Preston Truman, the former Utah Jazz ball boy who sold a pair of Michael Jordan-autographed Nike Air Jordan shoes from the 'flu game' for a record price, is ready for the spotlight to shine on someone else.
Since news of the sale, which was conducted in online bidding by Grey Flannel Auctions, went public Thursday, Truman has been inundated with interview requests.
"It's been quite a couple few days," said Truman, now 35 and a sales manager for Verizon retailer Go Wireless, Friday afternoon in the wake of the $104,765 winning bid. "I'm ready for my 15 minutes of fame to be up."
Truman, who grew up a Chicago Bulls fan in St. George, Utah, after Jordan's exploits in the NBA All-Star slam dunk contests, was fortunate to get the autographed shoes after Jordan scored 38 points in a 90-88 victory over the Jazz in Game 5 of the 1997 NBA Finals.
Upon review, hard work had more to do with it. The graduate of Pine View High, where he played two years of varsity basketball, proved himself at a summer league before he started college. The brother of a high school friend worked as a Jazz ball boy and got Truman an interview with the club.
"I worked my butt off for 14 hours a day," said Truman, who spent a year at Utah before transferring to Weber State, where he earned a bachelor's degree in communications. "I had to prove myself, that I really wanted it."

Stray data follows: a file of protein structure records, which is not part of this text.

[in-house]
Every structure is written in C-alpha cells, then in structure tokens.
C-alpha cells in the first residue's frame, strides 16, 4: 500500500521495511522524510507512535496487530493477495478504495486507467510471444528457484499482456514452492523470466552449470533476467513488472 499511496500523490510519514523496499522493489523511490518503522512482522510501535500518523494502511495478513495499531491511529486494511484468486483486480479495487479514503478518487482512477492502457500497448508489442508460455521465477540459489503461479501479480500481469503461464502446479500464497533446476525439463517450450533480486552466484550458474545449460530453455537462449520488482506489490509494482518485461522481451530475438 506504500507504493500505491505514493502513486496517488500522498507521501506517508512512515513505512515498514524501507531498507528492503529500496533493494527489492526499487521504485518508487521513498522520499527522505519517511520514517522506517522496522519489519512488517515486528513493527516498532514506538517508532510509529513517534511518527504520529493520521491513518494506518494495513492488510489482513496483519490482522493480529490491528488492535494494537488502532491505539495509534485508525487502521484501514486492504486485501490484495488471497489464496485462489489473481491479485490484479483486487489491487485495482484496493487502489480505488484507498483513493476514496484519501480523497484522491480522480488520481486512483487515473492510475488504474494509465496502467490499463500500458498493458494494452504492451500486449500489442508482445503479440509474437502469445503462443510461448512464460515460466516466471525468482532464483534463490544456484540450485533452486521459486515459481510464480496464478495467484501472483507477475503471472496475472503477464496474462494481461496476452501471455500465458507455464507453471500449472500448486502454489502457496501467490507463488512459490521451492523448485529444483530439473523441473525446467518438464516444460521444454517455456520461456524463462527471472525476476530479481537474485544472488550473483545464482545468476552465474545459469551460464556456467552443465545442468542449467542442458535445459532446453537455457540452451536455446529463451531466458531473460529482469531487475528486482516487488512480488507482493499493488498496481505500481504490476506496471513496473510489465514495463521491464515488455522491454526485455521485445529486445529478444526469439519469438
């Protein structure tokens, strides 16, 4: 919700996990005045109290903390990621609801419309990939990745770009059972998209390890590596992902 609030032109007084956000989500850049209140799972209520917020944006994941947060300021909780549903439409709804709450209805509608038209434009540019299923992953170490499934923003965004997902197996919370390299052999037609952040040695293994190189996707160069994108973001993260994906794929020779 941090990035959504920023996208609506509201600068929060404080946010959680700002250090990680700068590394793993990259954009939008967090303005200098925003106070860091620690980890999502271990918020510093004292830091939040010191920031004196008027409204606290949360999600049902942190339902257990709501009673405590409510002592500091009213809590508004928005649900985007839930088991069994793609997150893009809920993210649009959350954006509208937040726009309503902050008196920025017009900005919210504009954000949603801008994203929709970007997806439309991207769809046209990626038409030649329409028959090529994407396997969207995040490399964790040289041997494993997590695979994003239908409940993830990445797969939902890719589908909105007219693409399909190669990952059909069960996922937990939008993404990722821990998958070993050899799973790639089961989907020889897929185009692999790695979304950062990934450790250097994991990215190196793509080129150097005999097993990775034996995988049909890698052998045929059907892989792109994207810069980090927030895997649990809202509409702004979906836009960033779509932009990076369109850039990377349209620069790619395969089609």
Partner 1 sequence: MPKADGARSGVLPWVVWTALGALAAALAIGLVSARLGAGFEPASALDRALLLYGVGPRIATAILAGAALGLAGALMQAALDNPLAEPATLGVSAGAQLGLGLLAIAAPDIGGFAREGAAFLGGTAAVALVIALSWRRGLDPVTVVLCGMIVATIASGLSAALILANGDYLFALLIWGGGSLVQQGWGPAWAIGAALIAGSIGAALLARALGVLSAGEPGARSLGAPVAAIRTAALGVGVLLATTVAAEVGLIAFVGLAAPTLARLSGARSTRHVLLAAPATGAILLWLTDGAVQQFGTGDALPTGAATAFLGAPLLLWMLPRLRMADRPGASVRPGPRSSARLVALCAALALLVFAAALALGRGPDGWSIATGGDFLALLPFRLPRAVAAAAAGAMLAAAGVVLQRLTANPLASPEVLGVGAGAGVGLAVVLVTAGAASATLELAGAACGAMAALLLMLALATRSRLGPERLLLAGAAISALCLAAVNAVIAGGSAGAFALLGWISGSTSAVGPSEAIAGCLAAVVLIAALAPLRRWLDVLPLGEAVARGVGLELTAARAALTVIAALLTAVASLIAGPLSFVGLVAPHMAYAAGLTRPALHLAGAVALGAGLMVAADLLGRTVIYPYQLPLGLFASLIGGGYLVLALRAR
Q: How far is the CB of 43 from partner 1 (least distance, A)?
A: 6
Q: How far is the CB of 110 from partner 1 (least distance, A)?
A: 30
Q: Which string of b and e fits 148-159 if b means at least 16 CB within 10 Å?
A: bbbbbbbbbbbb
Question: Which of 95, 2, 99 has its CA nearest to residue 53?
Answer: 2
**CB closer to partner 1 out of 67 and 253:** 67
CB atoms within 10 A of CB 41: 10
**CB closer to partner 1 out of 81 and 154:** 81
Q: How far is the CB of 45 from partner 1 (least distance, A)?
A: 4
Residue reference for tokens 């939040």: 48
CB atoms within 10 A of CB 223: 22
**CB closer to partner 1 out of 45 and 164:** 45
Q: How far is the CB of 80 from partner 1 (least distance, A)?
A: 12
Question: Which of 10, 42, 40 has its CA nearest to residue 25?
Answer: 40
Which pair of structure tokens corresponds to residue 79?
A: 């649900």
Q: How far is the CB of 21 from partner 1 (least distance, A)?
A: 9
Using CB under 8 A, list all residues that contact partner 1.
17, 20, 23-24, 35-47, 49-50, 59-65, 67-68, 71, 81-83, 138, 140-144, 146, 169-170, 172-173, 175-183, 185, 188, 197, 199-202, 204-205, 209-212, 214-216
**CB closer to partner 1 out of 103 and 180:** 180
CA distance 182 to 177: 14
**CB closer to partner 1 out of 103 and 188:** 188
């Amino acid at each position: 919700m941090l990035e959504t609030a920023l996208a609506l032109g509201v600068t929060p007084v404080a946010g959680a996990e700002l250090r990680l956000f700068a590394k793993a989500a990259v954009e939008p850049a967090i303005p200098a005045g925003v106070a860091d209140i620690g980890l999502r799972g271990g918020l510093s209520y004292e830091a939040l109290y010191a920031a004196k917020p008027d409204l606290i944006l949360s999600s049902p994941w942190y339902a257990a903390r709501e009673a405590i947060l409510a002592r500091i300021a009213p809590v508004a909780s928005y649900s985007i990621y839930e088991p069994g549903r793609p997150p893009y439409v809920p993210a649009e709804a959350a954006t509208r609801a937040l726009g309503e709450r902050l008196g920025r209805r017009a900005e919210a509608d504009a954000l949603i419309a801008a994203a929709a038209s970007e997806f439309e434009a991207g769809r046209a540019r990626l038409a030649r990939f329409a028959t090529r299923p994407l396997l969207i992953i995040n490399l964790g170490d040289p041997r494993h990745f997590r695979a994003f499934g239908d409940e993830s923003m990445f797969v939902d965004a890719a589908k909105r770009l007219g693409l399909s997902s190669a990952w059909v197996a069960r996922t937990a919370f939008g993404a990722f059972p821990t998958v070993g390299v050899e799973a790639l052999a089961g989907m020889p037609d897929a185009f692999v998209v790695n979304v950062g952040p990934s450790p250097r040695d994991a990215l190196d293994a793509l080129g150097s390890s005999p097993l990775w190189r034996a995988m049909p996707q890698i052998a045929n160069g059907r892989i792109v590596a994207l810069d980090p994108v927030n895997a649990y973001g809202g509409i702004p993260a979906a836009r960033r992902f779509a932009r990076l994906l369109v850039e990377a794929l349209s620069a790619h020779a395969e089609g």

He met Jordan for the first time early in the '96-97 season. "When they came to town it was like The Beatles, really crazy," Truman said.
The classic story of Jordan wanting some applesauce before that early-season game came as a surprise to Truman. "It was odd to me to hear that he was requesting that from his trainer," Truman said. "[Jordan] whipped his head around and looked me right in the eye and said, 'If I don’t get my applesauce, nobody gets autographs.' "
Truman, who would work as a reporter for four years at two Utah newspapers before moving into retail, was able to find some applesauce, endearing himself to Jordan and setting up what would be a mutually beneficial relationship.
"Being able to connect with people, work my magic that way, has helped with sales," said Truman, who plans to use the proceeds from the auction to help with college tuition for his two daughters and a trip to Disneyland as well as helping a sister, who is a single mother.
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